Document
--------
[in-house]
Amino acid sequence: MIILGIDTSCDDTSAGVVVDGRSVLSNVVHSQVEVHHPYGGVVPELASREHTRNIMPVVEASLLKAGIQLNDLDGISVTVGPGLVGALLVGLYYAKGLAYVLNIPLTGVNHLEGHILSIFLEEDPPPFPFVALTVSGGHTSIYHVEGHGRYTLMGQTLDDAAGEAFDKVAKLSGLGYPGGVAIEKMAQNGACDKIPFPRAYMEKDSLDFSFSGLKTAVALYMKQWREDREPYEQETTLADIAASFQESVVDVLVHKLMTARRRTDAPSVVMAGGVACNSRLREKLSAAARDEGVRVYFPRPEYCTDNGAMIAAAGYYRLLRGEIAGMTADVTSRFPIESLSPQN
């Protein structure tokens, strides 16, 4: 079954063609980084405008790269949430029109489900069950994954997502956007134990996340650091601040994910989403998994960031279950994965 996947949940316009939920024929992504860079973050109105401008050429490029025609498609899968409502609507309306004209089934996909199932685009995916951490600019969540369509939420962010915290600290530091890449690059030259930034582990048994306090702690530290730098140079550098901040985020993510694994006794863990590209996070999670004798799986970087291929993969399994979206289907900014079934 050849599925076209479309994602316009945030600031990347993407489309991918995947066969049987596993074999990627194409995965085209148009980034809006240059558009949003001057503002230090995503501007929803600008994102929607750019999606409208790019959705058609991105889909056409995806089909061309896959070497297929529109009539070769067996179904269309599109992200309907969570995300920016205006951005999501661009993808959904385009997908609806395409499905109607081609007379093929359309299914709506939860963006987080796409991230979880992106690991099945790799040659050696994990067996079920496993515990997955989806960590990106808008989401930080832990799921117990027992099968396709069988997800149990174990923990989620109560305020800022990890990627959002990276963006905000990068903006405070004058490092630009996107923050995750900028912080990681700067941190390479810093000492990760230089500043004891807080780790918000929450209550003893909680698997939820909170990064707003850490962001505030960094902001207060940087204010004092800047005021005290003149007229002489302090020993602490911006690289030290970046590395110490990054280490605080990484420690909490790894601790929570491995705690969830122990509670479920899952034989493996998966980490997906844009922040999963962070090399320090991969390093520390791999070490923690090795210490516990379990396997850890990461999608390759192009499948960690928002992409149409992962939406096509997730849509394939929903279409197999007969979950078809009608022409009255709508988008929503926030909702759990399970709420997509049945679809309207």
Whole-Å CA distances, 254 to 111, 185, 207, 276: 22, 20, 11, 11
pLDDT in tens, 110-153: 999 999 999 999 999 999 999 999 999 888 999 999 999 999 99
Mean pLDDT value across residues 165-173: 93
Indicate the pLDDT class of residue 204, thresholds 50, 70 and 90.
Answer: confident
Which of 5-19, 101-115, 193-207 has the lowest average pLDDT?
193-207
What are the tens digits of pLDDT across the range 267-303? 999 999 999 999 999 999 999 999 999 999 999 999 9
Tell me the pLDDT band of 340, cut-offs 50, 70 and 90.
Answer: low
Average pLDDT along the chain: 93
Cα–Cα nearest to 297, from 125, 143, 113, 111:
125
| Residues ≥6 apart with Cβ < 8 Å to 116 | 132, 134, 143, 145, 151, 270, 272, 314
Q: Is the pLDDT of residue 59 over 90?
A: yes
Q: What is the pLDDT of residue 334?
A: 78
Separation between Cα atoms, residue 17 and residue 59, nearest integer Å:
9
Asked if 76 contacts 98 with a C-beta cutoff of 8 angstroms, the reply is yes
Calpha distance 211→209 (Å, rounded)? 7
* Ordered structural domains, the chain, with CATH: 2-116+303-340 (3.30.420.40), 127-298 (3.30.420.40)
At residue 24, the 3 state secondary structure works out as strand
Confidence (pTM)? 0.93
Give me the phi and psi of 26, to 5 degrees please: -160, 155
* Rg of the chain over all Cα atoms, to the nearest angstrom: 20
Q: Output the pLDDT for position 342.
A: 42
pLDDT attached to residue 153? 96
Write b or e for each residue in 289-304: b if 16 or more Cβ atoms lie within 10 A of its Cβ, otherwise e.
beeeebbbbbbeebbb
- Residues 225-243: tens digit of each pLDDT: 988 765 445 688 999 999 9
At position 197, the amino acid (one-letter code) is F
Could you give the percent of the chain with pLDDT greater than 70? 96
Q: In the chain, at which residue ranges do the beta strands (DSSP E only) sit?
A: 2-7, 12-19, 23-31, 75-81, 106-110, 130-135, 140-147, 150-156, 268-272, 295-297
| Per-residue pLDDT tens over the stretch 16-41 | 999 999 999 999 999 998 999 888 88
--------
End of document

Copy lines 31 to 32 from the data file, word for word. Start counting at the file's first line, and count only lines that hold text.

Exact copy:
Q: Output the pLDDT for position 342.
A: 42